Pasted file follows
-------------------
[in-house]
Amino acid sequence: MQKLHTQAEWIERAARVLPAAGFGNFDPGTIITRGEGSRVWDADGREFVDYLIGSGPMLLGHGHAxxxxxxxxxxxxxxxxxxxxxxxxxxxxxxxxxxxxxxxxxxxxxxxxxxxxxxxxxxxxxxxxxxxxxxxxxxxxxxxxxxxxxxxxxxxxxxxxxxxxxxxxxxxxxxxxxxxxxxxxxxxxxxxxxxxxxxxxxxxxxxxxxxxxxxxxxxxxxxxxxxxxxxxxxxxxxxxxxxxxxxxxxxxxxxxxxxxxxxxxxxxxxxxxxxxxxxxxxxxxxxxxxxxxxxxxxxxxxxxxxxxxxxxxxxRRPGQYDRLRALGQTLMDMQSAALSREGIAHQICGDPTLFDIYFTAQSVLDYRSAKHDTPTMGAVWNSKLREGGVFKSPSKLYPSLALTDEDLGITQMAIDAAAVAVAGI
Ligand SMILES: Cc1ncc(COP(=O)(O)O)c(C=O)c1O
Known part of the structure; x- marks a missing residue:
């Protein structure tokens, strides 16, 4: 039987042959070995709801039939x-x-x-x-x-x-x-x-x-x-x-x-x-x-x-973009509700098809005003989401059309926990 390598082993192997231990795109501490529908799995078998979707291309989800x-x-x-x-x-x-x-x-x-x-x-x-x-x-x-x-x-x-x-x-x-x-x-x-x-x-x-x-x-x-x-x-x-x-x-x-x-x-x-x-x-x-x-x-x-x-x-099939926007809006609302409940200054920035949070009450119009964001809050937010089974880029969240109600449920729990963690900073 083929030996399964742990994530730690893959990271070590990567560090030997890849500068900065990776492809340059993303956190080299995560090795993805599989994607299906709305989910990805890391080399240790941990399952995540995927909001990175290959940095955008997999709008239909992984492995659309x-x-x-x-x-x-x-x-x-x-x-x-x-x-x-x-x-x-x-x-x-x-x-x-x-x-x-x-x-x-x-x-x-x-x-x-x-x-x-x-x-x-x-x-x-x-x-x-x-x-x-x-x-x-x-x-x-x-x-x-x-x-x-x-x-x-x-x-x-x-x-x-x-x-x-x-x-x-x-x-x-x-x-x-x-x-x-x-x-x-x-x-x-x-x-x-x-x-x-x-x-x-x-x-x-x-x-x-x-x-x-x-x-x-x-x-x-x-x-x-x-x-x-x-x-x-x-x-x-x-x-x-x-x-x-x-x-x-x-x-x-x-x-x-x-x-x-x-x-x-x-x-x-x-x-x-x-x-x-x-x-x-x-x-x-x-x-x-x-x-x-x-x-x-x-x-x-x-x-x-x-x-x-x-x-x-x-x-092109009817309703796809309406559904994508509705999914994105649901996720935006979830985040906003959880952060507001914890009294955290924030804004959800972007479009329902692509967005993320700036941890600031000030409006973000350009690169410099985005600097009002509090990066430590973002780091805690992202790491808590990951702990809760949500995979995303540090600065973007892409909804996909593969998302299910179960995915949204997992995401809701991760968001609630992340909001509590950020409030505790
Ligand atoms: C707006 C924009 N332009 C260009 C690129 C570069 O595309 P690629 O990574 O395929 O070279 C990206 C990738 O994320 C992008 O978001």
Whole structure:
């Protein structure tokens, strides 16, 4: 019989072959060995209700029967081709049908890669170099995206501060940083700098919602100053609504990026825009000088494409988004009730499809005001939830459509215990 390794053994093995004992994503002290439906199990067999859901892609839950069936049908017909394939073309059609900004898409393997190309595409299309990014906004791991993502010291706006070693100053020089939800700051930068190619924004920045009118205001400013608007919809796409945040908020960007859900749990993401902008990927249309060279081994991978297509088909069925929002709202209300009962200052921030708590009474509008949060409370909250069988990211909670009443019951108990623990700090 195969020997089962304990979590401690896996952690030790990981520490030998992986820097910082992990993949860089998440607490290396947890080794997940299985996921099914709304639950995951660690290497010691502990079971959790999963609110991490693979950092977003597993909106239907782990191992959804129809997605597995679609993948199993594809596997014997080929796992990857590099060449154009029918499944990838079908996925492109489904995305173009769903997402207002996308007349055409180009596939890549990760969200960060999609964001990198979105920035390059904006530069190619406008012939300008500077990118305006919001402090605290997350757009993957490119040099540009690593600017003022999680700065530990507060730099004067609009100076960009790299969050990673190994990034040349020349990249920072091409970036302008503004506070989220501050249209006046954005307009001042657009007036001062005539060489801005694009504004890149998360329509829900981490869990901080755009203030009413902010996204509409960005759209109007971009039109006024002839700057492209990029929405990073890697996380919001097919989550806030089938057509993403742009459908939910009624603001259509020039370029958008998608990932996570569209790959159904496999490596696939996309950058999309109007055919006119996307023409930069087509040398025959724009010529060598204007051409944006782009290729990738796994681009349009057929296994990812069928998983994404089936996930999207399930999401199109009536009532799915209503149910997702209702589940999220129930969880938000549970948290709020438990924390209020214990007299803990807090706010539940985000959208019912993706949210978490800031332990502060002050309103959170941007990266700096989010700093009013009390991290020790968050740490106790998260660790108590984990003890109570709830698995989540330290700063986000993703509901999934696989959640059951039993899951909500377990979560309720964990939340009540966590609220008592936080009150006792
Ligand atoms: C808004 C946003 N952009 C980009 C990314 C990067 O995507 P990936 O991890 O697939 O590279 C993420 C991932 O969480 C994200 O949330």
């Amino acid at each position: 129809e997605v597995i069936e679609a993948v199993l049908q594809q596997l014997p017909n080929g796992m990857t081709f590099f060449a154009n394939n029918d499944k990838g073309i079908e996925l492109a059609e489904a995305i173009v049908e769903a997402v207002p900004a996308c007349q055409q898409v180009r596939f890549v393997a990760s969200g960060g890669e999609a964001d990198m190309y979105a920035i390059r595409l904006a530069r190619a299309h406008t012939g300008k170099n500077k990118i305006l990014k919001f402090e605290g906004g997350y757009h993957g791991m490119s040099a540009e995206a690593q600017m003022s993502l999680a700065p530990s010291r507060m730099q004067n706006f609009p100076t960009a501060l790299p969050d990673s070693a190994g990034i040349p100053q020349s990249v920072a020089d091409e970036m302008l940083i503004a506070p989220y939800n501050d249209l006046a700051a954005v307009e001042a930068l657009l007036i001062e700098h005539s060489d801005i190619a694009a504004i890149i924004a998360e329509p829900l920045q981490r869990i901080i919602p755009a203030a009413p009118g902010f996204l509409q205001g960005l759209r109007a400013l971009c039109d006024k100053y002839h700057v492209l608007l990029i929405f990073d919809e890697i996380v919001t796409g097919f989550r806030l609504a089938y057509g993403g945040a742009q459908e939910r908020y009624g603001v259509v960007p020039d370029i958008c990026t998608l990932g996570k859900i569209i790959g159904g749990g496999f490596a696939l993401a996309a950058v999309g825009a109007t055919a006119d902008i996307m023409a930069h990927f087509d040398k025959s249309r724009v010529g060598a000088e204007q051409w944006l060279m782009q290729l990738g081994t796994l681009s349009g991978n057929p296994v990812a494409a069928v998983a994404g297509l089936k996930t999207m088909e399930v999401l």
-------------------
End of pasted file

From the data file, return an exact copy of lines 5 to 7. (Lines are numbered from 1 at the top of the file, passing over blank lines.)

């Protein structure tokens, strides 16, 4: 039987042959070995709801039939x-x-x-x-x-x-x-x-x-x-x-x-x-x-x-973009509700098809005003989401059309926990 390598082993192997231990795109501490529908799995078998979707291309989800x-x-x-x-x-x-x-x-x-x-x-x-x-x-x-x-x-x-x-x-x-x-x-x-x-x-x-x-x-x-x-x-x-x-x-x-x-x-x-x-x-x-x-x-x-x-x-099939926007809006609302409940200054920035949070009450119009964001809050937010089974880029969240109600449920729990963690900073 083929030996399964742990994530730690893959990271070590990567560090030997890849500068900065990776492809340059993303956190080299995560090795993805599989994607299906709305989910990805890391080399240790941990399952995540995927909001990175290959940095955008997999709008239909992984492995659309x-x-x-x-x-x-x-x-x-x-x-x-x-x-x-x-x-x-x-x-x-x-x-x-x-x-x-x-x-x-x-x-x-x-x-x-x-x-x-x-x-x-x-x-x-x-x-x-x-x-x-x-x-x-x-x-x-x-x-x-x-x-x-x-x-x-x-x-x-x-x-x-x-x-x-x-x-x-x-x-x-x-x-x-x-x-x-x-x-x-x-x-x-x-x-x-x-x-x-x-x-x-x-x-x-x-x-x-x-x-x-x-x-x-x-x-x-x-x-x-x-x-x-x-x-x-x-x-x-x-x-x-x-x-x-x-x-x-x-x-x-x-x-x-x-x-x-x-x-x-x-x-x-x-x-x-x-x-x-x-x-x-x-x-x-x-x-x-x-x-x-x-x-x-x-x-x-x-x-x-x-x-x-x-x-x-x-x-092109009817309703796809309406559904994508509705999914994105649901996720935006979830985040906003959880952060507001914890009294955290924030804004959800972007479009329902692509967005993320700036941890600031000030409006973000350009690169410099985005600097009002509090990066430590973002780091805690992202790491808590990951702990809760949500995979995303540090600065973007892409909804996909593969998302299910179960995915949204997992995401809701991760968001609630992340909001509590950020409030505790
Ligand atoms: C707006 C924009 N332009 C260009 C690129 C570069 O595309 P690629 O990574 O395929 O070279 C990206 C990738 O994320 C992008 O978001």
Whole structure: